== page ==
Artist-in-Residence experiences - Public Art - Museum Workshops
| I have had the privilege and pleasure of being involved with some exciting art projects within the New Hampshire Seacoast area. Below is a selection of my community, residency and public art projects over the past ten years. I would like to thank the funders, participants and staff of the organizations involved for their support of my work and shared enthusiasm for the visual arts. |
|I was one of 11 artists who created a larger-than-life-size shoe (or in my case, boot!) for The Shoes of Rochester project in Rochester NH during the summer of 2009. It was sold off at the end of the project and now lives in Milton Mills, NH |
Overnight Art - A temporary public art project 2008
I was one of six artists awarded a public location from Art-Speak, the city's cultural commission in Portsmouth, NH for exhibition of a temporary art piece during the summer of 2008. My piece was a huge banner in two parts spanning two floors of the parking garage in Portsmouth. More photos of the process and hanging here.
Portsmouth, New Hampshire January/February 2002
The Portsmouth Children's Museum 2001 "Curioius Timepieces"
I was selected to create an artwork around the prompt "Curious Timepiece" as a benefit auction artwork to support the Portsmouth Children's Museum. I created a 12x18 inch collage using family portraits and inks to show the passing of time and generational changes. The artwork was on display at the River Run Bookstore prior to the gala auction at Wentworth by the Sea.
In the year 2001 I was hired by The Portsmouth Children's Museum to facilitate a program for their series to welcome in the new Millennium. It was called "Family Stories". I worked with groups of families to create mixed media paintings which incorporated their life stories.
In 2000 I worked with a group of teens from New Heights program in the Community Campus in Portsmouth to make puppets and create puppet shows which they performed throughout the end of the summer for preschoolers in the Seacoast area.
Garrison School Artist-in-Residence
In 1997 and 1998 I was hired by the Garrison School to implement two artists-in-residence projects. The first was for the entire fourth grade. They were studying the Hopi tribe, so I wrote an art cross curriculum to incorporate both my goal of a sculptural experience with the subject of Hopi masks. The children all made clay mask forms using stoneware clay, then cast them in paper, unmolded them and finished them with paint and other embellishments.
At the end of all these projects, the pieces were put on display for the public in the Dover library as well as the display case at the school.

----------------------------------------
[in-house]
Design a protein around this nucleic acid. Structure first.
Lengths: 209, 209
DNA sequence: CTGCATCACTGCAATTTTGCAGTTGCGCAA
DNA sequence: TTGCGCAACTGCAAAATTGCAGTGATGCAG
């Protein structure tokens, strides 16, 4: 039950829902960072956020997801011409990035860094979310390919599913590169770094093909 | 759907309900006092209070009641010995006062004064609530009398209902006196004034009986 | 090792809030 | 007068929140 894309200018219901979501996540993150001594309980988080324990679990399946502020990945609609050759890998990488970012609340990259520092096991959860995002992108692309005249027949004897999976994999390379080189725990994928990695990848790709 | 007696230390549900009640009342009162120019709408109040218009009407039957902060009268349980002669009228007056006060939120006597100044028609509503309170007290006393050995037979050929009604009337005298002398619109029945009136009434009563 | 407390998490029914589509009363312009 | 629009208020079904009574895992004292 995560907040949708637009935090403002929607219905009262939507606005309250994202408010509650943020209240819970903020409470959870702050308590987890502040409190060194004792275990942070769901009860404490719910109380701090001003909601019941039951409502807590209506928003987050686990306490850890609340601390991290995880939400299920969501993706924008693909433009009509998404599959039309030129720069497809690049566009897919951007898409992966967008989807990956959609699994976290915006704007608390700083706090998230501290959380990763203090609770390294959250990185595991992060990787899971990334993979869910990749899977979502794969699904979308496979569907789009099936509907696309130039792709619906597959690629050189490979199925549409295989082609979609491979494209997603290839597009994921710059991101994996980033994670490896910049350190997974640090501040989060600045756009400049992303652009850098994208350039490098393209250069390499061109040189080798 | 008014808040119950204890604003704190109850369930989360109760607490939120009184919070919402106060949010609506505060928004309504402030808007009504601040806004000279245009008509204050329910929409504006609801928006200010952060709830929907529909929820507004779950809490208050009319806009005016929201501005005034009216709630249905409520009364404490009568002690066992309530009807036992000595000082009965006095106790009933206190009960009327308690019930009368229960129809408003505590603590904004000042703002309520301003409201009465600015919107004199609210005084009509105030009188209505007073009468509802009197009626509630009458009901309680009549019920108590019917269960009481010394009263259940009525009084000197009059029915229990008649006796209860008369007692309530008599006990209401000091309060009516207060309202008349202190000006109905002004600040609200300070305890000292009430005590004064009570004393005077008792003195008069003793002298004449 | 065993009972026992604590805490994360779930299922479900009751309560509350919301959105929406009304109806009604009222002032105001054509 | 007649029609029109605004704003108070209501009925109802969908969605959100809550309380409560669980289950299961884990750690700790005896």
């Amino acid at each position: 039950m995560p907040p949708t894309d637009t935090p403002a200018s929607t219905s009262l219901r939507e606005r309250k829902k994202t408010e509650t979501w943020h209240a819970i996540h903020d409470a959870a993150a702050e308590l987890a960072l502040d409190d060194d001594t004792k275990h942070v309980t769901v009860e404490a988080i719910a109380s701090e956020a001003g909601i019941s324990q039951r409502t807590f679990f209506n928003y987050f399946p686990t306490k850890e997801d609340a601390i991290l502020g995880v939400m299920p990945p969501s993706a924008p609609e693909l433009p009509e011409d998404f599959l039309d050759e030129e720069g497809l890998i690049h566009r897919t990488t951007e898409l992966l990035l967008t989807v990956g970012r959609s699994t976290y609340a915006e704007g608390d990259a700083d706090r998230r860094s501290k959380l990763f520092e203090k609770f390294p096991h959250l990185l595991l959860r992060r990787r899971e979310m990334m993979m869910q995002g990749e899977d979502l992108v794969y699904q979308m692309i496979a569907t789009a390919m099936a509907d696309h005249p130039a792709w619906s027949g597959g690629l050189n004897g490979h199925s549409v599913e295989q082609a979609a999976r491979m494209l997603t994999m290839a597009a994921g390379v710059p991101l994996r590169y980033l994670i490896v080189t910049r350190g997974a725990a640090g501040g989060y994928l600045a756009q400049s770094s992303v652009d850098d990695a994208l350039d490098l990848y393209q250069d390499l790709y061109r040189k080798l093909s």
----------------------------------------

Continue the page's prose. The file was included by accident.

Start with Art
In 2000 I worked with a group of over 400 children, adults, staff and families at the Portsmouth NH Community Campus directing a project called Start with Art. This project was planned beginning in 1998 and was completed in 1999. It involved children from ages 3 and their parents, teachers, staff, friends and their families to create artwork to grace the walls of their new building. I curated the project as well as developed and ran the workshops for the artwork to be produced. It was a collaborative and fulfilling project in both the stages and the end products are still providing beauty and a sense of belonging to the building's occupants.
| The Exhibit at the Sam and Anna Children's Room|
Rochester Public Library; 65 South Main Street Rochester NH 03867
The project began with the idea of providing the children of the community an opportunity to decorate the walls of their new library. As the art coordinator, I was anxious to work with as many children as possible to create a display for the community to enjoy. Four weekends of studio time enabled 100 children to generate paintings, drawings, paper mache sculptures, prints, collage and clay pieces. The artwork they produced created a beautiful exhibit of sixty-eight pieces, which they donated to the library.
The pieces wind around the room, with the age of the artists and the placement of their work corresponding to the age and interest level of the library materials. A visitor can see the developing skills and techniques of the maturing artists as they tour and exit the room.
Included in the exhibit is the Art Window, which allows the children of Rochester to continue to participate. Individuals, classes and organizations are encouraged to bring flat work to place in this display.